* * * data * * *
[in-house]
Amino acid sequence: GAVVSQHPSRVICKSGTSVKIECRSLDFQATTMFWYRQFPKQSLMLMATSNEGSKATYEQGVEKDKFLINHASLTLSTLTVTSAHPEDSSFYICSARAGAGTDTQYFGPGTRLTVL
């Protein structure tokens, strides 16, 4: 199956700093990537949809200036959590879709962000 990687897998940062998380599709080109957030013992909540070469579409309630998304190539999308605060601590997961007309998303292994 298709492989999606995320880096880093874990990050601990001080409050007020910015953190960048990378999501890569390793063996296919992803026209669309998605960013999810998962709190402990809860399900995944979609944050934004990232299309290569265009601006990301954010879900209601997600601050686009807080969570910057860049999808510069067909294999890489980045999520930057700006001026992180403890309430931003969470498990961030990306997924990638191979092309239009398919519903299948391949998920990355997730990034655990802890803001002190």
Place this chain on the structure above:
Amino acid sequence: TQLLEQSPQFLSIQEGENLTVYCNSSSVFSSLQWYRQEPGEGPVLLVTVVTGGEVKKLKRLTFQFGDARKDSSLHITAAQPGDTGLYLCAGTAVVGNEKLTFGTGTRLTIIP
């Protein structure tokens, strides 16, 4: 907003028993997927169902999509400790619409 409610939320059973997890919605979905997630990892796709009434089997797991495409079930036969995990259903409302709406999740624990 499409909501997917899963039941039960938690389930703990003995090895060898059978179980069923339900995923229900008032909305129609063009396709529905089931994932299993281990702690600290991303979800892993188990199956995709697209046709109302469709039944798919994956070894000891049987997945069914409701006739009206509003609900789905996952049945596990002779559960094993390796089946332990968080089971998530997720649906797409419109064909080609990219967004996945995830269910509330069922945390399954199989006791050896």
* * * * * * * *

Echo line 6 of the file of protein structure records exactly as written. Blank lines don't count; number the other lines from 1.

């Protein structure tokens, strides 16, 4: 907003028993997927169902999509400790619409 409610939320059973997890919605979905997630990892796709009434089997797991495409079930036969995990259903409302709406999740624990 499409909501997917899963039941039960938690389930703990003995090895060898059978179980069923339900995923229900008032909305129609063009396709529905089931994932299993281990702690600290991303979800892993188990199956995709697209046709109302469709039944798919994956070894000891049987997945069914409701006739009206509003609900789905996952049945596990002779559960094993390796089946332990968080089971998530997720649906797409419109064909080609990219967004996945995830269910509330069922945390399954199989006791050896």